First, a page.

More fundamentally, central bankers in the United States and the Eurozone are wary of repeating mistakes of the past decade, where they tightened policy at the earliest signs of increasing price pressures that never fully materialised in the end.

And they have even talked about the merits of running the economy hot https: www.ecb.europa.eu press inter date 2021 html ecb.in 210729 1 d 0 a 024 e76.en.html - that is, letting inflation overshoot their target for a while to give the labour market time to get back in shape.

Producer prices in developed economies have been rising by 5% to 10%. However, to what extent companies can pass on higher cost to consumers is less clear.

Not yet, this is happening in the United States: Several firms from Starbucks to Procter Gamble Co and are planning to do so or are offering to.

Yet while two-thirds of Japanese firms are doing the same, according to a Reuters poll, a slim majority still did not expect that to raise the final price tag of their products in the second half of the year.

Similar picture in the euro zone: some firms contacted by the ECB https: www.ecb.europa.eu pub economic-bulletin focus 2021 html ecb.ebbox 202105 05 16 d 6 f 14 d 2 b.en.html expected some pass-through of higher input costs but firms in the services sector saw stable prices ahead.

For central bankers the litmus test of whether price rises will be sustained is whether they start pushing wages higher. This picture differs across the main regions.

Wages in the Eurozone were up a modest 1.5% in the first quarter of the first quarter. Cash earnings in Britain are at a mid-pandemic level and recent increases in Japan and Australia are expected to flop out.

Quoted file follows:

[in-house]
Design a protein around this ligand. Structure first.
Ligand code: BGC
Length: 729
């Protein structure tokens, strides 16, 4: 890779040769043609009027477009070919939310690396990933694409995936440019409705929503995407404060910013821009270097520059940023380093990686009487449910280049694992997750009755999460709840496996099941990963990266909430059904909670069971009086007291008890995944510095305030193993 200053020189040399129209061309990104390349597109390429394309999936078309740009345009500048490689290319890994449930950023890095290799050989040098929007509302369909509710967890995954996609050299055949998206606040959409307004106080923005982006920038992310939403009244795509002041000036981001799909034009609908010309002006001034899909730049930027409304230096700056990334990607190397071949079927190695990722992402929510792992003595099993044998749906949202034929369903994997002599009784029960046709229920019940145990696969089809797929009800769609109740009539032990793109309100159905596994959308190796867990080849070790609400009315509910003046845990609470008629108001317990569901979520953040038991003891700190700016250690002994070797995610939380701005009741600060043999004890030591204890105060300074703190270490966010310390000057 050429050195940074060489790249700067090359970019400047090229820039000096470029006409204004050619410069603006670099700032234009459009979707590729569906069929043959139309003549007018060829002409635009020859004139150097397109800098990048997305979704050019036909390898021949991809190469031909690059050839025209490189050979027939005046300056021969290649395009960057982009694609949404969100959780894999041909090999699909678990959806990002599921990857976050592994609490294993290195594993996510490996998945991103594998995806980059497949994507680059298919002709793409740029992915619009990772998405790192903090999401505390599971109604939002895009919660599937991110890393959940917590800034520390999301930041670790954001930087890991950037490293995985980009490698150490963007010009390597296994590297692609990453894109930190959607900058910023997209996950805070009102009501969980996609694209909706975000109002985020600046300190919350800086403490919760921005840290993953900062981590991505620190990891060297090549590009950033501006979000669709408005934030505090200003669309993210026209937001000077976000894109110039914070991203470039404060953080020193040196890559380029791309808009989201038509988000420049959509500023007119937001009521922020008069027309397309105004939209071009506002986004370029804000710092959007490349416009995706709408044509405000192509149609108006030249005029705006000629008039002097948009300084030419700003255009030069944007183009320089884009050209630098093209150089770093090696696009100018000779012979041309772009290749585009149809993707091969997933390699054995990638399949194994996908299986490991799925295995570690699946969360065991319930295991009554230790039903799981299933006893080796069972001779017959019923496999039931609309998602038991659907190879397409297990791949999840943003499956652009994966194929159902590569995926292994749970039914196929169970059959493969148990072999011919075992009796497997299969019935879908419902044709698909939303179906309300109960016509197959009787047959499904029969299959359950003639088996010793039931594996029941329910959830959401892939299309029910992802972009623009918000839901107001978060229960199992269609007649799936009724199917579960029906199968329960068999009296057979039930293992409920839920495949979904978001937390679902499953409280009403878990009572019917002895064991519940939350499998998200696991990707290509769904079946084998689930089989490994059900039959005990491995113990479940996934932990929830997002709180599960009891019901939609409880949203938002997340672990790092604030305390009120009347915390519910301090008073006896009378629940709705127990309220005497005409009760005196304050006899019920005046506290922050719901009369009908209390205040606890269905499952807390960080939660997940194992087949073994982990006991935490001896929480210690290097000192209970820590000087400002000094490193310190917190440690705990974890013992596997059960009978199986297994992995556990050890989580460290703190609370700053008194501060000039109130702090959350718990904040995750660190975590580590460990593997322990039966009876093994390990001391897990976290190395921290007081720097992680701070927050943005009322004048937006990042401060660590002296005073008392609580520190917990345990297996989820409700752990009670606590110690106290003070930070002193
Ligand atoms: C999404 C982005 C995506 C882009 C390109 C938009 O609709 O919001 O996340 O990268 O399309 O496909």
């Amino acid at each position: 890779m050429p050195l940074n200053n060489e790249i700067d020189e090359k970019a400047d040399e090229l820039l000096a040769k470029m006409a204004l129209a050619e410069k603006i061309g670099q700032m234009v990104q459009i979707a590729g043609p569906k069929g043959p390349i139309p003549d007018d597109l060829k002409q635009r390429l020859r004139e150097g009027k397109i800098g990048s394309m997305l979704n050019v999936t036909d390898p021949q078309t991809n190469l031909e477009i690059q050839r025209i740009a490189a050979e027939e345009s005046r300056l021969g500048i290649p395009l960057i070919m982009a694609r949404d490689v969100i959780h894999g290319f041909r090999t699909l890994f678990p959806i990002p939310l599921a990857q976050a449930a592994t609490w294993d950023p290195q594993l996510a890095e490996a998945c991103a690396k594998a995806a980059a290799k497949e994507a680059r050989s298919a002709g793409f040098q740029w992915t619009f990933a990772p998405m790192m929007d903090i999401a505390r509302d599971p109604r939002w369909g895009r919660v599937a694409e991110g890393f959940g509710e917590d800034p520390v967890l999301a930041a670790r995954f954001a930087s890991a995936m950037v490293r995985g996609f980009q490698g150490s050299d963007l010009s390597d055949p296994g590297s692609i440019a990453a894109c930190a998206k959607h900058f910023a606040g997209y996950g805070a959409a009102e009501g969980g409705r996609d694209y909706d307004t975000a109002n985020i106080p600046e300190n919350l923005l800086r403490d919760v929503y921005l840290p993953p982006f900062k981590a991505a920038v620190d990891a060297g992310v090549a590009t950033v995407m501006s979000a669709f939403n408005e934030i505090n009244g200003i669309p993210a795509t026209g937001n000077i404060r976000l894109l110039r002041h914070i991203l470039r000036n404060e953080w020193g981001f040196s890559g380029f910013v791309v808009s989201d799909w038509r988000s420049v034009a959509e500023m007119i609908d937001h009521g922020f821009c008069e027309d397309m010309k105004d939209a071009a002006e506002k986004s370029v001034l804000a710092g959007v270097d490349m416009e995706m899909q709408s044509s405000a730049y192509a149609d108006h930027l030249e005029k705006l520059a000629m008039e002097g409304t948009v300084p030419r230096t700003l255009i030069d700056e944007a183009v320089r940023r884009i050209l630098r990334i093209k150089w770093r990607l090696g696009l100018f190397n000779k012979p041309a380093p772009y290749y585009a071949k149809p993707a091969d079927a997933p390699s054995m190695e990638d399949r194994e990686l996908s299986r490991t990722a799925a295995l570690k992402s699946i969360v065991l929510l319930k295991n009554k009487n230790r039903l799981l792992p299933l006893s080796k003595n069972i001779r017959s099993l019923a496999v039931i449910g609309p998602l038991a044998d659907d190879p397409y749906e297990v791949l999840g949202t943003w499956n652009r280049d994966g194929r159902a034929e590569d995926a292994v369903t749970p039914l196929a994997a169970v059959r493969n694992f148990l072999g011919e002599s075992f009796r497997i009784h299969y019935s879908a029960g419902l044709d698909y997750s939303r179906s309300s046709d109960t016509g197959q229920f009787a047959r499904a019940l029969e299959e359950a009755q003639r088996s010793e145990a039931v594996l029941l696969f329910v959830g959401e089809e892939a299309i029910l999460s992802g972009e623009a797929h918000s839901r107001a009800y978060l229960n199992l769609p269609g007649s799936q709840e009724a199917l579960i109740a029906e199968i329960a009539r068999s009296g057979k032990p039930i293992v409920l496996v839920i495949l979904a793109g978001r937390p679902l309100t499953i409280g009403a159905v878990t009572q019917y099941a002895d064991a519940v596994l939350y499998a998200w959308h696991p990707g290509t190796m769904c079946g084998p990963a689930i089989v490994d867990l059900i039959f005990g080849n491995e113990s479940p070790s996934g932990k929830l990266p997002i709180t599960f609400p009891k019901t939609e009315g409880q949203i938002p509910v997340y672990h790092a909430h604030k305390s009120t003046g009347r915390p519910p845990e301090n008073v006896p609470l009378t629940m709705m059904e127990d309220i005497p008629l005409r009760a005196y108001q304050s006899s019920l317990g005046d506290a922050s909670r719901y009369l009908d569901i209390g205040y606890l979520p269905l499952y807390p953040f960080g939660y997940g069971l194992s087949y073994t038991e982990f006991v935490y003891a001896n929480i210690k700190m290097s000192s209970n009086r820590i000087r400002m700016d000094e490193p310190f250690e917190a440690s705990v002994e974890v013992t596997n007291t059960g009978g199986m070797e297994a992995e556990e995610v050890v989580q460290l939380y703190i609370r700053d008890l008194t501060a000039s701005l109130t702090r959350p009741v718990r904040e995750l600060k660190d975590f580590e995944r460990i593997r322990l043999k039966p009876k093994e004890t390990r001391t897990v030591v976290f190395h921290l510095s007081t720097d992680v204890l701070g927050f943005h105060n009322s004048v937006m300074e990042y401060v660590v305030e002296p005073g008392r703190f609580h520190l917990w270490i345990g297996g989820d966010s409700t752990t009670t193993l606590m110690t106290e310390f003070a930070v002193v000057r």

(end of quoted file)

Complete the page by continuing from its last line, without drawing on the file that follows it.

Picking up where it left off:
Even in the United States, where wages and salaries have been increasing throughout the pandemic and were up 3.2% year-on-year in the second quarter, the Fed remains sanguine.

I think we're some way towards reaching the full employment goal, Fed chair Jerome Powell said on July 28.

Oil prices, which briefly turned negative last year, have rebounded to push up headline inflation around the world, making the year-on-year percentage change look huge even though they've returned only to more normal levels.

Central bankers like to filter out such volatility, since it comes and goes, and focus on so-called core inflation that strips out energy and food prices. On this measure, prices rose on 0.9% in Japan last month and fell by 0.2% in the Euro zone in June.

U.S. core consumer prices, the Federal Reserve's preferred inflation measure, have been increasing by more than 3% year over year but even this has been blamed on supply disruptions with containers still stuck in long queues in Asian ports.

Arguably even American consumers, whose views on inflation are typically informed by things like swings in gasoline prices, buy into this logic.

An annual University of Michigan survey shows that while they expect price increases over the next year of roughly 4.7%, that drops to just 2.8% in a five-year horizon - squarely in the range of the past two decades.

If the current surge in prices lasts long enough to affect wages and people's expectations about future inflation, then chief executives will have won the day and central bankers will adjust their stances and ultimately their policy.

For now they are betting that this won't be the case, notably in economies where the population is ageing, such as Japan, and unemployment is high, such as parts of the euro zone. Over 70% of the economists polled by Reuters agree.

A structural inflation cannot be allowed to become temporary inflation, said the ECB's de Guindos. Hence far, there have been no indications that this is the case, but we should remain vigilant.